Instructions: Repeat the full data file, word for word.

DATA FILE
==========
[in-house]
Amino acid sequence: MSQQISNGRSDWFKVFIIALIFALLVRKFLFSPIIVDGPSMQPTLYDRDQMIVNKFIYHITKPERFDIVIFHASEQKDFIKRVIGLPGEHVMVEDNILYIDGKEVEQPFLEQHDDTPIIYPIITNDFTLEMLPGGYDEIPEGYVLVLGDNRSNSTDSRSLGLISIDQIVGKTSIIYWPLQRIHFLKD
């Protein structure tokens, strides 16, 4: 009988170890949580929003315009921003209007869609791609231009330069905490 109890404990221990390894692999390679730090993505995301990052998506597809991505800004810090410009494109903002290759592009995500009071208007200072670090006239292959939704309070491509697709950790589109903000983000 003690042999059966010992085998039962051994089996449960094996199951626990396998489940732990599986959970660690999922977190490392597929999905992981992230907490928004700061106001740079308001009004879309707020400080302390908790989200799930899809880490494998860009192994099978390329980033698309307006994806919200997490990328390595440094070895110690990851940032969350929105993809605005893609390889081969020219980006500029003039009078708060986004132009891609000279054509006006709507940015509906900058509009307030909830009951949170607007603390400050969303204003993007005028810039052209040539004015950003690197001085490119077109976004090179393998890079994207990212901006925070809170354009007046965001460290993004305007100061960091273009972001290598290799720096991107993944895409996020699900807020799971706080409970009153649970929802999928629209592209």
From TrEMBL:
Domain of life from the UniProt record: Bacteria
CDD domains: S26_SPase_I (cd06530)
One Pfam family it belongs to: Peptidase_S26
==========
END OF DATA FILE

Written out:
[in-house]
Amino acid sequence: MSQQISNGRSDWFKVFIIALIFALLVRKFLFSPIIVDGPSMQPTLYDRDQMIVNKFIYHITKPERFDIVIFHASEQKDFIKRVIGLPGEHVMVEDNILYIDGKEVEQPFLEQHDDTPIIYPIITNDFTLEMLPGGYDEIPEGYVLVLGDNRSNSTDSRSLGLISIDQIVGKTSIIYWPLQRIHFLKD
């Protein structure tokens, strides 16, 4: 009988170890949580929003315009921003209007869609791609231009330069905490 109890404990221990390894692999390679730090993505995301990052998506597809991505800004810090410009494109903002290759592009995500009071208007200072670090006239292959939704309070491509697709950790589109903000983000 003690042999059966010992085998039962051994089996449960094996199951626990396998489940732990599986959970660690999922977190490392597929999905992981992230907490928004700061106001740079308001009004879309707020400080302390908790989200799930899809880490494998860009192994099978390329980033698309307006994806919200997490990328390595440094070895110690990851940032969350929105993809605005893609390889081969020219980006500029003039009078708060986004132009891609000279054509006006709507940015509906900058509009307030909830009951949170607007603390400050969303204003993007005028810039052209040539004015950003690197001085490119077109976004090179393998890079994207990212901006925070809170354009007046965001460290993004305007100061960091273009972001290598290799720096991107993944895409996020699900807020799971706080409970009153649970929802999928629209592209």
From TrEMBL:
Domain of life from the UniProt record: Bacteria
CDD domains: S26_SPase_I (cd06530)
One Pfam family it belongs to: Peptidase_S26